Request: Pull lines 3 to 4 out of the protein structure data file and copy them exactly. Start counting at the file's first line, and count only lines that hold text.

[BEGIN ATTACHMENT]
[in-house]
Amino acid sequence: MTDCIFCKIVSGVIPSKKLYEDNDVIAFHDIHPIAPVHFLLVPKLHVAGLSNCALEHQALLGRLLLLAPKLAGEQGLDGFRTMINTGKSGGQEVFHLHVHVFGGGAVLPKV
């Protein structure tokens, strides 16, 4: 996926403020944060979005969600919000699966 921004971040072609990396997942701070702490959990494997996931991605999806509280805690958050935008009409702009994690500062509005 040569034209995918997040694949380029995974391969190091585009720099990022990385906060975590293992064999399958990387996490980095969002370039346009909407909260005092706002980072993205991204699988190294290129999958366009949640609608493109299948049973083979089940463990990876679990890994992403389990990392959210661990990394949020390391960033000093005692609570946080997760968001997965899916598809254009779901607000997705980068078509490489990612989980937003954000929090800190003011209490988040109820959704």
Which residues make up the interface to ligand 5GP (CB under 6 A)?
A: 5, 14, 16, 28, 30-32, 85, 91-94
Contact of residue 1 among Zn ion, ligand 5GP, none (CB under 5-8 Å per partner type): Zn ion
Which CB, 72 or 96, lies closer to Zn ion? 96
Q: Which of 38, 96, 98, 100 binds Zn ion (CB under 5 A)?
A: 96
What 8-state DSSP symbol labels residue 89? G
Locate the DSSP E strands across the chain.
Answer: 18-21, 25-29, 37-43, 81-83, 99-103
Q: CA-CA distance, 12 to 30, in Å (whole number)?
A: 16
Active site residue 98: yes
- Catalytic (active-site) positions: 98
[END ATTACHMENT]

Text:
């Protein structure tokens, strides 16, 4: 996926403020944060979005969600919000699966 921004971040072609990396997942701070702490959990494997996931991605999806509280805690958050935008009409702009994690500062509005 040569034209995918997040694949380029995974391969190091585009720099990022990385906060975590293992064999399958990387996490980095969002370039346009909407909260005092706002980072993205991204699988190294290129999958366009949640609608493109299948049973083979089940463990990876679990890994992403389990990392959210661990990394949020390391960033000093005692609570946080997760968001997965899916598809254009779901607000997705980068078509490489990612989980937003954000929090800190003011209490988040109820959704």
Which residues make up the interface to ligand 5GP (CB under 6 A)?